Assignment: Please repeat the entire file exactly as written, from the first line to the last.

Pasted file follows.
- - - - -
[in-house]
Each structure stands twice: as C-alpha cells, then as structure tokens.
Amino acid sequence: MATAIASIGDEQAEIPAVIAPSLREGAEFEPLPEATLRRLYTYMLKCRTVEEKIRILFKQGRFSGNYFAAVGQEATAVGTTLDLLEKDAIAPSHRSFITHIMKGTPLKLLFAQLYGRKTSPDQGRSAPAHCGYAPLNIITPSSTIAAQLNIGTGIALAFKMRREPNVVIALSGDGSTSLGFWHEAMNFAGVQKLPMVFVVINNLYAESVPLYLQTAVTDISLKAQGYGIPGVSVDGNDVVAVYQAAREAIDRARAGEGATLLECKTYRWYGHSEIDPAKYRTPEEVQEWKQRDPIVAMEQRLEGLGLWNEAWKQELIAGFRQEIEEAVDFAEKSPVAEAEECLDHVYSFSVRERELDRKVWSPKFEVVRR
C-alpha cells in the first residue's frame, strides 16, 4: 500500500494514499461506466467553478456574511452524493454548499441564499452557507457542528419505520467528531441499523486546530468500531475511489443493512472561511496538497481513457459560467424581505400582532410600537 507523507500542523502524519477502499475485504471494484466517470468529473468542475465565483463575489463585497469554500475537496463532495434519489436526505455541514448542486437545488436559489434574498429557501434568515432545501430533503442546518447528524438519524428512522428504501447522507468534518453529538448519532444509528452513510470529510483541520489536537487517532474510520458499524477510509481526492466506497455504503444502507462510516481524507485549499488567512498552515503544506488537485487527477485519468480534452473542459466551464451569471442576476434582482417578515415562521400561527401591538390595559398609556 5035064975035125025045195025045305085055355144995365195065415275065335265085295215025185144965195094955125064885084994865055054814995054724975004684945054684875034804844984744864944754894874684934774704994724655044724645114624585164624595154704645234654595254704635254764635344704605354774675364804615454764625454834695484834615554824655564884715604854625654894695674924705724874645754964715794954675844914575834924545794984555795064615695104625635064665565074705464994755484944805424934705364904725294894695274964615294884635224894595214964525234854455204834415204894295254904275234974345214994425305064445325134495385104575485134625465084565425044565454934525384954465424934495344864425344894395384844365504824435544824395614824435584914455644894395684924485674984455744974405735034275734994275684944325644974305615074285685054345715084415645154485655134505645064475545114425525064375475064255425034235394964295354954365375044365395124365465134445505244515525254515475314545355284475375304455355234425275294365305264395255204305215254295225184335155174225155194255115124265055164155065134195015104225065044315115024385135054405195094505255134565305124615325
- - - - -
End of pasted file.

[in-house]
Each structure stands twice: as C-alpha cells, then as structure tokens.
Amino acid sequence: MATAIASIGDEQAEIPAVIAPSLREGAEFEPLPEATLRRLYTYMLKCRTVEEKIRILFKQGRFSGNYFAAVGQEATAVGTTLDLLEKDAIAPSHRSFITHIMKGTPLKLLFAQLYGRKTSPDQGRSAPAHCGYAPLNIITPSSTIAAQLNIGTGIALAFKMRREPNVVIALSGDGSTSLGFWHEAMNFAGVQKLPMVFVVINNLYAESVPLYLQTAVTDISLKAQGYGIPGVSVDGNDVVAVYQAAREAIDRARAGEGATLLECKTYRWYGHSEIDPAKYRTPEEVQEWKQRDPIVAMEQRLEGLGLWNEAWKQELIAGFRQEIEEAVDFAEKSPVAEAEECLDHVYSFSVRERELDRKVWSPKFEVVRR
C-alpha cells in the first residue's frame, strides 16, 4: 500500500494514499461506466467553478456574511452524493454548499441564499452557507457542528419505520467528531441499523486546530468500531475511489443493512472561511496538497481513457459560467424581505400582532410600537 507523507500542523502524519477502499475485504471494484466517470468529473468542475465565483463575489463585497469554500475537496463532495434519489436526505455541514448542486437545488436559489434574498429557501434568515432545501430533503442546518447528524438519524428512522428504501447522507468534518453529538448519532444509528452513510470529510483541520489536537487517532474510520458499524477510509481526492466506497455504503444502507462510516481524507485549499488567512498552515503544506488537485487527477485519468480534452473542459466551464451569471442576476434582482417578515415562521400561527401591538390595559398609556 5035064975035125025045195025045305085055355144995365195065415275065335265085295215025185144965195094955125064885084994865055054814995054724975004684945054684875034804844984744864944754894874684934774704994724655044724645114624585164624595154704645234654595254704635254764635344704605354774675364804615454764625454834695484834615554824655564884715604854625654894695674924705724874645754964715794954675844914575834924545794984555795064615695104625635064665565074705464994755484944805424934705364904725294894695274964615294884635224894595214964525234854455204834415204894295254904275234974345214994425305064445325134495385104575485134625465084565425044565454934525384954465424934495344864425344894395384844365504824435544824395614824435584914455644894395684924485674984455744974405735034275734994275684944325644974305615074285685054345715084415645154485655134505645064475545114425525064375475064255425034235394964295354954365375044365395124365465134445505244515525254515475314545355284475375304455355234425275294365305264395255204305215254295225184335155174225155194255115124265055164155065134195015104225065044315115024385135054405195094505255134565305124615325